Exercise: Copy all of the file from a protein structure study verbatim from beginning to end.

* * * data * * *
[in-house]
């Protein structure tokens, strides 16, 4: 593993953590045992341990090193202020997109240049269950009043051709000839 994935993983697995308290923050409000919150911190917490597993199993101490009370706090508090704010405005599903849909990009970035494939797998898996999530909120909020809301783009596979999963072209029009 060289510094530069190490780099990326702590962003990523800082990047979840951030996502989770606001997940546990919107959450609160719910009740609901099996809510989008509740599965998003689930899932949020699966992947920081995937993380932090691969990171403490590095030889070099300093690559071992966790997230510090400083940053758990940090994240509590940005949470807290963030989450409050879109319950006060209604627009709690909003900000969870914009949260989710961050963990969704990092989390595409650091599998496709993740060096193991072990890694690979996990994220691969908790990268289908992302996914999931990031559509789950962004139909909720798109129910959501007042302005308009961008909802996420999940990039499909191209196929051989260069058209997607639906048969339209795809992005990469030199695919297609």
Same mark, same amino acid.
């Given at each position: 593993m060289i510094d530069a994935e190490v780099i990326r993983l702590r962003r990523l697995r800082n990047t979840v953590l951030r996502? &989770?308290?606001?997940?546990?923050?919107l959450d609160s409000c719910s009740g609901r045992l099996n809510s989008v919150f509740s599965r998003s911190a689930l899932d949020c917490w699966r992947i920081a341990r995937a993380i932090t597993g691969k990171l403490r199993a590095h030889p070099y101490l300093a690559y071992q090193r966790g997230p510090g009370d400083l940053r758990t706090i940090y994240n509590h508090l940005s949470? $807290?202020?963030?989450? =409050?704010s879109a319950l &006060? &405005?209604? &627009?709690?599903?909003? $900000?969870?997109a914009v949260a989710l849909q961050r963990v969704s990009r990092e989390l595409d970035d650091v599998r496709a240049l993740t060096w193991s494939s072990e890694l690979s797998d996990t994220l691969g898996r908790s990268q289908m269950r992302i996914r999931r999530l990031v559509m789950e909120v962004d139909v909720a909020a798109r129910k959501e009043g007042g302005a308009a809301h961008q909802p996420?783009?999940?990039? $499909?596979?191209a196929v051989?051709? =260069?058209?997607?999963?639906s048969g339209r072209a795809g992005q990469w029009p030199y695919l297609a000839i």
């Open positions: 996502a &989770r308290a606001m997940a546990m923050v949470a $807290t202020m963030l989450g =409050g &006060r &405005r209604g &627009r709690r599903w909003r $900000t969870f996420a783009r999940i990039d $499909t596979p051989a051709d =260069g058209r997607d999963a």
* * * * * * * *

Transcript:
[in-house]
């Protein structure tokens, strides 16, 4: 593993953590045992341990090193202020997109240049269950009043051709000839 994935993983697995308290923050409000919150911190917490597993199993101490009370706090508090704010405005599903849909990009970035494939797998898996999530909120909020809301783009596979999963072209029009 060289510094530069190490780099990326702590962003990523800082990047979840951030996502989770606001997940546990919107959450609160719910009740609901099996809510989008509740599965998003689930899932949020699966992947920081995937993380932090691969990171403490590095030889070099300093690559071992966790997230510090400083940053758990940090994240509590940005949470807290963030989450409050879109319950006060209604627009709690909003900000969870914009949260989710961050963990969704990092989390595409650091599998496709993740060096193991072990890694690979996990994220691969908790990268289908992302996914999931990031559509789950962004139909909720798109129910959501007042302005308009961008909802996420999940990039499909191209196929051989260069058209997607639906048969339209795809992005990469030199695919297609």
Same mark, same amino acid.
């Given at each position: 593993m060289i510094d530069a994935e190490v780099i990326r993983l702590r962003r990523l697995r800082n990047t979840v953590l951030r996502? &989770?308290?606001?997940?546990?923050?919107l959450d609160s409000c719910s009740g609901r045992l099996n809510s989008v919150f509740s599965r998003s911190a689930l899932d949020c917490w699966r992947i920081a341990r995937a993380i932090t597993g691969k990171l403490r199993a590095h030889p070099y101490l300093a690559y071992q090193r966790g997230p510090g009370d400083l940053r758990t706090i940090y994240n509590h508090l940005s949470? $807290?202020?963030?989450? =409050?704010s879109a319950l &006060? &405005?209604? &627009?709690?599903?909003? $900000?969870?997109a914009v949260a989710l849909q961050r963990v969704s990009r990092e989390l595409d970035d650091v599998r496709a240049l993740t060096w193991s494939s072990e890694l690979s797998d996990t994220l691969g898996r908790s990268q289908m269950r992302i996914r999931r999530l990031v559509m789950e909120v962004d139909v909720a909020a798109r129910k959501e009043g007042g302005a308009a809301h961008q909802p996420?783009?999940?990039? $499909?596979?191209a196929v051989?051709? =260069?058209?997607?999963?639906s048969g339209r072209a795809g992005q990469w029009p030199y695919l297609a000839i």
């Open positions: 996502a &989770r308290a606001m997940a546990m923050v949470a $807290t202020m963030l989450g =409050g &006060r &405005r209604g &627009r709690r599903w909003r $900000t969870f996420a783009r999940i990039d $499909t596979p051989a051709d =260069g058209r997607d999963a």